In contrast,Choice supported the three-year threshold, despite reservations about how the policy had been communicated to the public. "You’re better off getting an interest rate paid by the government than having your money eroded by bank fees, but they need to do a much better job of letting people know about it," head of campaigns Matt Levey said.
Banks are urging the government to reverse a Labor decision to take possession of "unclaimed" savings accounts after three years of inactivity, citing a sharp increase in customer complaints since the controversial changes were made.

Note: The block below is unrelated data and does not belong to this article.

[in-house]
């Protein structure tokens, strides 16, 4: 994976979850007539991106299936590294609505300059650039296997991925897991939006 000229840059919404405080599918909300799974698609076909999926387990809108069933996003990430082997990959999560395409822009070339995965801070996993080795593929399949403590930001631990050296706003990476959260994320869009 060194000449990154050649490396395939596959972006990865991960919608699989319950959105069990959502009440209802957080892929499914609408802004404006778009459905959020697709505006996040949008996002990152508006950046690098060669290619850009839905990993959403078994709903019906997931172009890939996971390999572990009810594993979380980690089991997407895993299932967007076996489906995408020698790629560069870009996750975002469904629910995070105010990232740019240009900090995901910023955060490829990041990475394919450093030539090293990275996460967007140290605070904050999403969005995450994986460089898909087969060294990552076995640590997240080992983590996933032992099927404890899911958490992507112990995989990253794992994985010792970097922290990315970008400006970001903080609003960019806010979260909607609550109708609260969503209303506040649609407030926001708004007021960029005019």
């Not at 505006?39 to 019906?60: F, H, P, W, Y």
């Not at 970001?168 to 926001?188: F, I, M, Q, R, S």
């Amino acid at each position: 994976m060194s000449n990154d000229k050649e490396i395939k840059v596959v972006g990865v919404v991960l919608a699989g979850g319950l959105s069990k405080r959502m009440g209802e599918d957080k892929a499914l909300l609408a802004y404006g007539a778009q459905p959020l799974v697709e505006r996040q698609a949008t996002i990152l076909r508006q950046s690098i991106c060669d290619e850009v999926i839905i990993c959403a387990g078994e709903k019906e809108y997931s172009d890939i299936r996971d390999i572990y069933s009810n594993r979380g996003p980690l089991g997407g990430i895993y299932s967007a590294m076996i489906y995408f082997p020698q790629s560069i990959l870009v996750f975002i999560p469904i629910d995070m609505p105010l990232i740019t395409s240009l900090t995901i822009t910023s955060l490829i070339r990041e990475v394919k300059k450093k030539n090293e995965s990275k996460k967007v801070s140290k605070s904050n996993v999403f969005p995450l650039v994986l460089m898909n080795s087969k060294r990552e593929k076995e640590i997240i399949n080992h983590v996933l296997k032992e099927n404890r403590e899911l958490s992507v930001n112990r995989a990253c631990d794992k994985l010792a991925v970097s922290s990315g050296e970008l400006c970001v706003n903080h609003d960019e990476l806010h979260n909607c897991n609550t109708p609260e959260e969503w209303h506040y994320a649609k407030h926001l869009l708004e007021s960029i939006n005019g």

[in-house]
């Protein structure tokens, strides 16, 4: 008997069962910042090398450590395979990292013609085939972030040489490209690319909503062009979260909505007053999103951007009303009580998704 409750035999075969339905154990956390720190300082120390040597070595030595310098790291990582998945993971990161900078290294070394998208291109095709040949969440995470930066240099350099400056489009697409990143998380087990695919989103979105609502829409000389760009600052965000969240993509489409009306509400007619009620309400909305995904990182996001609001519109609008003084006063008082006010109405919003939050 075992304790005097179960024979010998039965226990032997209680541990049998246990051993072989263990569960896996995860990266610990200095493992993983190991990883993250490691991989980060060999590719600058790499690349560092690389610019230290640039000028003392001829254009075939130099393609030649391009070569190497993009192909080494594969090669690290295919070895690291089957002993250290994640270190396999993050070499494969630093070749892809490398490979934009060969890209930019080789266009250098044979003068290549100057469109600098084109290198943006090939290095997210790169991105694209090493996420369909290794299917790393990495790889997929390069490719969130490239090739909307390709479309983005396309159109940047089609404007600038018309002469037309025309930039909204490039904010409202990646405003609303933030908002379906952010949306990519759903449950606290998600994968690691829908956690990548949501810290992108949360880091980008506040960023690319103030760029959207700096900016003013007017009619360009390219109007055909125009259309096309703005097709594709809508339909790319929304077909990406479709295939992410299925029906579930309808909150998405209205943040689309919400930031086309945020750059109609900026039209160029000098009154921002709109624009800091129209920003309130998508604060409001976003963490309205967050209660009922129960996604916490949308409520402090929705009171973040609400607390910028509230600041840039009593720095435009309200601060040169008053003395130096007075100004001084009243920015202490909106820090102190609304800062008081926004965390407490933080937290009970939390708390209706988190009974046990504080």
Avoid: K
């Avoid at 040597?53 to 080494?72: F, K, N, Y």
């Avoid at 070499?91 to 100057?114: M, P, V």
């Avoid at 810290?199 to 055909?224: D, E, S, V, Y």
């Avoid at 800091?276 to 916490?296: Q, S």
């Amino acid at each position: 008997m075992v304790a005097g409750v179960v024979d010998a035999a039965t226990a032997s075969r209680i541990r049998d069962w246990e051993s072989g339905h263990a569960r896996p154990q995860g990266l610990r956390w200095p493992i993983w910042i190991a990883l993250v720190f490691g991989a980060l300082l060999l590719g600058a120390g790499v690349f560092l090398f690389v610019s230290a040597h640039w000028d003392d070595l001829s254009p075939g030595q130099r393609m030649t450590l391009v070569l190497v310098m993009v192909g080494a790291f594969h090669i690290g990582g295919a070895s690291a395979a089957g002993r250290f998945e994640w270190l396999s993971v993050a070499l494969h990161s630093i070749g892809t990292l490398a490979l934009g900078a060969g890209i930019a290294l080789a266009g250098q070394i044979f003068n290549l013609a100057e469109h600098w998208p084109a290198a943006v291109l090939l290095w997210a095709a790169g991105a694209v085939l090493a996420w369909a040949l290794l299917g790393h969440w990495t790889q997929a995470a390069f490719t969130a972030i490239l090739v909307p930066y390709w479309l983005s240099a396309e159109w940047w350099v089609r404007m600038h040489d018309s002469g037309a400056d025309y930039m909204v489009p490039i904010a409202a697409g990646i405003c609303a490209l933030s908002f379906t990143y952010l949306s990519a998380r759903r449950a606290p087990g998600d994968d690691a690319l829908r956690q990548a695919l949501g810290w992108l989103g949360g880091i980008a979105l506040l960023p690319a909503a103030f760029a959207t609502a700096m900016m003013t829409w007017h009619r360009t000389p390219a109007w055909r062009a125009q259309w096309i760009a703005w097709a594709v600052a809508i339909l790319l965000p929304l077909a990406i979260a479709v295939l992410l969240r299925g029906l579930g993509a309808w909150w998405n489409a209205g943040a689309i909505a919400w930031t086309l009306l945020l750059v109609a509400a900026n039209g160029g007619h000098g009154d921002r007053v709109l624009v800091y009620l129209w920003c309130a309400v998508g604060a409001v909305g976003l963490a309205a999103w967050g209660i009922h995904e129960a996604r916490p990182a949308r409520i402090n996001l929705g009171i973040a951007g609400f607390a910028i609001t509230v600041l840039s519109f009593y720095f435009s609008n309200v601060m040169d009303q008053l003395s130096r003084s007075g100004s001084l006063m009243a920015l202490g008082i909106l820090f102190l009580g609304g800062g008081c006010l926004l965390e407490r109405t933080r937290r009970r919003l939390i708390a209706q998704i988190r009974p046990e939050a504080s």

The change will save banks money by lowering their administration costs. "We estimate that an increase in the period to seven years would have halve the numbers of claims, and reduce the administration, marketing and complaints handling costs for the banking industry and ASIC," it said.
But despite a surge in "unclaimed" funds collected by the government, consumer advocates are divided, with some warning that rolling back the policy could result in more money being eroded by bank fees.
In late 2012 as the former government was trying to deliver a budget surplus, it made changes forcing the Australian Securities and Investments Commission to claim dormant bank accounts after three years of inactivity, down from seven years previously.
Read more here: SMH